The quiet, Midwestern town of Markesan, Wisconsin houses a well-kept secret and maybe even a few closet skeletons. Few people know about the Mackford Murder or the missing gold shipment on its way to Green Bay. Fewer still realize that Markesan once manufactured washing machines and baseball bats. These and many other "skeletons" can be discovered at the Grand River Valley Museum located at 214 E. John Street in Markesan, Wisconsin.

The museum opened its doors to the public in August 1991 and is open every  Saturday and Sunday, May 1st through September 30th, from 1 p.m. to 4 p.m., or anytime by appointment. For more information, call the museum at 920-398-3945 or helpful members at  398-2719 or 398-3359. The complex has handicapped-accessible restrooms, parking and displays.

The main building of the complex was donated by Mildred Draeger in memory of her husband, Edward. Inside are separate rooms showing how people lived in the early 1900's. Tools of the shoemakers, doctors, dentists, haberdashers and bankers can be seen. In the church room are displays showing the history of area churches as well as a yearbook collection from Markesan High School. Many of the books from 1914 through 2002 have been graciously donated by area residents and are available for viewing.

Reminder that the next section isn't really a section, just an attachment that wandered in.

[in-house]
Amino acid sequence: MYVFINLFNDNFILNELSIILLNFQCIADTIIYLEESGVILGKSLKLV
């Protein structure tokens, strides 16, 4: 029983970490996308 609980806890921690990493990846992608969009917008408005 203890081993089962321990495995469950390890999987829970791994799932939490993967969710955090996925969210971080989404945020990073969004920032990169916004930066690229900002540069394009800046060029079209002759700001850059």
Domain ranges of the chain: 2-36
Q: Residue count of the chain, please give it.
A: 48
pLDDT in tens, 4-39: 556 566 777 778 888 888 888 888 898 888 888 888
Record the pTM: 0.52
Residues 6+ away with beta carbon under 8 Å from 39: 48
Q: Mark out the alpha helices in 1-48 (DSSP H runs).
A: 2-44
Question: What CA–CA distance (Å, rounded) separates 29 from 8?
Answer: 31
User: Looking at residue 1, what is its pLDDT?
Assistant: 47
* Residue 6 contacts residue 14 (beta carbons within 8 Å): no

Standing to the west of the main building is the Markesan train depot which dates from the late 1880's. This is the location of a one-room schoolhouse which is dedicated to the memory of Leona Weber, one of the founding members of the Markesan Historical Society. The depot agent's office houses railroad memorabilia as well as a working telegraph.

"The Barn," a 60' x 100' building houses many of the machines and implements used in farming in the past. Displays also include a blacksmith and harness shop, milking equipment and transportation of the past. This new addition was made possible by a bequest from Arthur Jahns, and will greatly enhance the offerings of the museum since Markesans' heritage has its roots in agriculture.

The Annual Heritage Day Celebration will be held on the 3rd Sunday in September from 1 p.m. to 4 p.m. Members will be dressed in costume and be available to answer questions and explain the displays. There will also be demonstrations throughout the complex. As always, free refreshments and admission.

Bring the whole family for a visit Grandma and Grandpa can reminisce about when they used "this" or "that" and the kids can see toys from the era before TV and video games. Everyone will enjoy a step back in time.